2 Consider it pure joy, my brothers and sisters, whenever you face trials of many kinds, 3 because you know that the testing of your faith produces perseverance. 4 Let perseverance finish its work so that you may be mature and complete, not lacking anything.
James regarded trials as inevitable. He said when not if you fall into trials of many kinds. At the same time, trials are occasions for joy, not discouraged resignation. We can count it all joy in the midst of trials because they are used to produce perseverance. The word ‘perseverance’ here doesn’t describe passive waiting but active endurance. It is not perseverance that helps you sit quietly in a doctor’s waiting room, but the type that helps you finish running a race. The ancient Greek word used in place of ‘perseverance’ literally means to stay/abide/remain under. So it’s the picture of someone under a heavy load and choosing to stay there, instead of trying to escape. The image that comes to mind is that of someone weight-training. In weight-training, the person stays under this heavy load and lifts, not trying to escape, but enduring it because they know that it’s to help them become stronger. This is the frame of mind which endures.
In verse 3, James seems to be saying that faith is tested through trials, not produced by trials. What’s produced is the fruits of that faith, fruits being that faith getting stronger, among many other things. Trials reveal what faith we do have; not because God doesn’t know how much faith we have, but so that our faith will be evident to ourselves and to those around us.
We notice that it is faith that is tested, and it shows that faith is important and precious – because only precious things are tested so thoroughly. Faith is as vital to salvation as the heart is vital to the body. And because of this fact, the weapons of the enemy are mainly aimed at this very essential grace.
If trials do not produce faith, what does?
Romans 10:17 tells us: Consequently, faith comes from hearing the message, and the message is heard through the word about Christ.
Supernaturally, faith is built in us as we hear, understand, and trust God’s word. When trials are received with faith, it produces perseverance or patience. Yet patience is not inevitably produced in times of trial. If difficulties are received in unbelief and grumbling, trials can produce bitterness and discouragement. This is why James exhorted us to consider it pure joy. Doing this is faith’s response to a time of trial.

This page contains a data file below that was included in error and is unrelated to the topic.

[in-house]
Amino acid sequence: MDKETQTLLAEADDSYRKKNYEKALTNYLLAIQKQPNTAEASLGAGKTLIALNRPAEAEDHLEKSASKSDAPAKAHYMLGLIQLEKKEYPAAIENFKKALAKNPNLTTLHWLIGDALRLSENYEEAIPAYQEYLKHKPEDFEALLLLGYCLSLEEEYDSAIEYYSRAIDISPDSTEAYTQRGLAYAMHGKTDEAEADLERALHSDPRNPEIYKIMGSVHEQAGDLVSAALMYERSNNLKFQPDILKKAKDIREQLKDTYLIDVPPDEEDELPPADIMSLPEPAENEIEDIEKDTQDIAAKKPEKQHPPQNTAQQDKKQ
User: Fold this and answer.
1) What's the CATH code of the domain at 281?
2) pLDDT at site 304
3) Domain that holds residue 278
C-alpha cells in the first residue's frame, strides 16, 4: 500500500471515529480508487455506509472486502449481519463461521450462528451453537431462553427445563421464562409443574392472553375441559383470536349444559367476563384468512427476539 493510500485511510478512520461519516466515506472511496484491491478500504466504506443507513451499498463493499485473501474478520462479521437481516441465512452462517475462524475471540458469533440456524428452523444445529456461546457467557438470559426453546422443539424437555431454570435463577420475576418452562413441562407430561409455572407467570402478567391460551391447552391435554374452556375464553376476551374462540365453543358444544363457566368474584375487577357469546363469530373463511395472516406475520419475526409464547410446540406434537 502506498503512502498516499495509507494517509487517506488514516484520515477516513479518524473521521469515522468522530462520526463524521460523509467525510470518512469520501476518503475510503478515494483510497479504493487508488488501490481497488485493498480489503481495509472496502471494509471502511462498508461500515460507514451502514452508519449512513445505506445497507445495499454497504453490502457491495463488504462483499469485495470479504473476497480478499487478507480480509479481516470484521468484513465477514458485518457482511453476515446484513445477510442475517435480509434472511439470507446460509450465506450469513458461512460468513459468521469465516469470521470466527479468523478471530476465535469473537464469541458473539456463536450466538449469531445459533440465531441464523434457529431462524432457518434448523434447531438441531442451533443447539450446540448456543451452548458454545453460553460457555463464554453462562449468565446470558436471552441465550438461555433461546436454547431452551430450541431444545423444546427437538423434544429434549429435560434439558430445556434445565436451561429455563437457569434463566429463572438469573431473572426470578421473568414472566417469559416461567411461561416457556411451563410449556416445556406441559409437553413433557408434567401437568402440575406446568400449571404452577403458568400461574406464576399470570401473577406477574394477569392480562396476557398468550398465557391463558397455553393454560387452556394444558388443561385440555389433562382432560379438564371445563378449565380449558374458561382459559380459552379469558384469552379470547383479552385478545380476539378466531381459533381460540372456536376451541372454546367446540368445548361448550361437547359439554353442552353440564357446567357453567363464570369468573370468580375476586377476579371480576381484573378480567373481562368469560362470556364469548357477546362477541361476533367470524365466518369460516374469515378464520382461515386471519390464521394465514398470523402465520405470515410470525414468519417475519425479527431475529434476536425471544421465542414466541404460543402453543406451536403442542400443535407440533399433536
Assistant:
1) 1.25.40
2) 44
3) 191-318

In verse 4, it says to let perseverance finish its work. The work of patient endurance comes slowly and must be allowed to have a full bloom. This is a mark of a person who is mature and complete, not lacking anything.
The natural tendency of trouble and trial is not to sanctify but to induce sin. A man is very likely to become unbelieving under affliction and this is a sin. Hence we are taught to pray, like in the Lord’s Prayer ‘Lead us not into temptation’. Because trial has a measure of temptation, not because of the trial itself, but because of the sinfulness of Man. If we are not covered and forget the abundant grace of God, it would bear us to sin.
When covered in faith, trials can prove a wonderful work of God in us. One theologian is quoted as saying, “I have looked back to times of trial with a kind of longing, not to have them return, but to feel the strength of God as I have felt it then, to feel the power of faith, as I have felt it then, to hang upon God’s powerful arm as I hung upon it then, and to see God at work as I saw him then.”
Though we are surrounded by all these different trials, they should be our joy because it is this testing of faith that creates perseverance within. It makes us stronger, more steadfast, more mature; not lacking in anything. It isn’t waste nor coincidence, but it’s something God wants to use in our lives.
And this word ‘testing’ is a very interesting word. The origin of the English word ‘test’ comes from a Middle English word, which means ‘a pot in which metals were tried’. So what does this mean exactly? Silver-smiths back then would use this term ‘test’ when extracting and purifying silver. And the way they would do this was to put a bunch of the silver into a pot and they would heat it up with fire. It would melt, but then at a certain temperature, all the impurities (they called this the dross) would rise to the surface and the silver-smith would scoop this top layer off. Then they would heat it up again and repeat this process over and over again until the silver was ‘tested’ or ‘pure’. And the way they knew the silver was actually tested, was if they could see their reflection in the pot of melted silver.
So we could say that the word ‘tested’ itself, means ‘to be made pure’ and for us, ‘to be God’s reflection’. These trials in our lives are God doing this very act of testing and trying, purifying and the idea is that as we continue to go through many different trials is that one day, He’d look down and see His own reflection.
My deepest prayer is that we can set this truth firmly within ourselves. Considering trials joy, because it is God testing us to be His reflection. Do we truly live believing in this? It’s our faith that is revealed in and through times of trial. However, no matter where we are in our faith now, may the trials we go through make it stronger and more mature, producing many good fruits.